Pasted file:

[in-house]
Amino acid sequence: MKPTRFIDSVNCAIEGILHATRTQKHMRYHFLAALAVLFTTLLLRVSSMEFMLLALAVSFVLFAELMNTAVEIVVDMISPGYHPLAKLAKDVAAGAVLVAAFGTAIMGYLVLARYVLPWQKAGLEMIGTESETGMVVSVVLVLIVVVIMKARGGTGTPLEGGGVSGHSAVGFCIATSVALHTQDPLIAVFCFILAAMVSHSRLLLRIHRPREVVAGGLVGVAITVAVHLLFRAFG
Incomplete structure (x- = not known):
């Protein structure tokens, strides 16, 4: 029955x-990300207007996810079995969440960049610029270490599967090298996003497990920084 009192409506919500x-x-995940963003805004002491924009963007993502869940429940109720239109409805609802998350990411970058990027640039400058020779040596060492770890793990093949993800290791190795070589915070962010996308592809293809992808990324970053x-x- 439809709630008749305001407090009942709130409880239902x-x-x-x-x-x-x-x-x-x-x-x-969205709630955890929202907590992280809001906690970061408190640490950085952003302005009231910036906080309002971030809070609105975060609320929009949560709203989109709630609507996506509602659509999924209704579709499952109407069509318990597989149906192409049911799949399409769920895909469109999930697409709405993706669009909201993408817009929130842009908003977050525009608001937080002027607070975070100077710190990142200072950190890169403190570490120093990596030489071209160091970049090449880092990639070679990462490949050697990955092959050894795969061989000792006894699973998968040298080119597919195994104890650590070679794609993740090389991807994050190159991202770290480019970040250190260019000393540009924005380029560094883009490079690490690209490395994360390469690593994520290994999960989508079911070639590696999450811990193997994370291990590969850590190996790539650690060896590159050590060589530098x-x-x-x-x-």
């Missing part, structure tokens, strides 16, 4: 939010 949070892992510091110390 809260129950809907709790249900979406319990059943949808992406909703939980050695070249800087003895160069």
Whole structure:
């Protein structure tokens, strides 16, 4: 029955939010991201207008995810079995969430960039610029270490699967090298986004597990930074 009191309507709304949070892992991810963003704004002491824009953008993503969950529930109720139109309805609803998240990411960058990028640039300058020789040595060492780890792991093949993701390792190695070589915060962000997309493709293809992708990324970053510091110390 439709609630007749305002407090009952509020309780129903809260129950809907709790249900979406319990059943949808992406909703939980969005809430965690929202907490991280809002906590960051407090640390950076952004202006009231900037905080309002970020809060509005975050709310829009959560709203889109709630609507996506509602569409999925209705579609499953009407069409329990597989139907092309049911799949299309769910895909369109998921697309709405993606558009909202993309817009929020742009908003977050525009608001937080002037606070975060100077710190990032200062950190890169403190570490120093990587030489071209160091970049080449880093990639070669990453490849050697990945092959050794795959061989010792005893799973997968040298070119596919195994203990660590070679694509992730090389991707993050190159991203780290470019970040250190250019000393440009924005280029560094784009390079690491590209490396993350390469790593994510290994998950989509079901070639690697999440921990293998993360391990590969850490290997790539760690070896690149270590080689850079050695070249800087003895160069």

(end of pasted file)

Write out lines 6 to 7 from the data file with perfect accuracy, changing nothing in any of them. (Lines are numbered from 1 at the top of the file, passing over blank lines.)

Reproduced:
Whole structure:
């Protein structure tokens, strides 16, 4: 029955939010991201207008995810079995969430960039610029270490699967090298986004597990930074 009191309507709304949070892992991810963003704004002491824009953008993503969950529930109720139109309805609803998240990411960058990028640039300058020789040595060492780890792991093949993701390792190695070589915060962000997309493709293809992708990324970053510091110390 439709609630007749305002407090009952509020309780129903809260129950809907709790249900979406319990059943949808992406909703939980969005809430965690929202907490991280809002906590960051407090640390950076952004202006009231900037905080309002970020809060509005975050709310829009959560709203889109709630609507996506509602569409999925209705579609499953009407069409329990597989139907092309049911799949299309769910895909369109998921697309709405993606558009909202993309817009929020742009908003977050525009608001937080002037606070975060100077710190990032200062950190890169403190570490120093990587030489071209160091970049080449880093990639070669990453490849050697990945092959050794795959061989010792005893799973997968040298070119596919195994203990660590070679694509992730090389991707993050190159991203780290470019970040250190250019000393440009924005280029560094784009390079690491590209490396993350390469790593994510290994998950989509079901070639690697999440921990293998993360391990590969850490290997790539760690070896690149270590080689850079050695070249800087003895160069």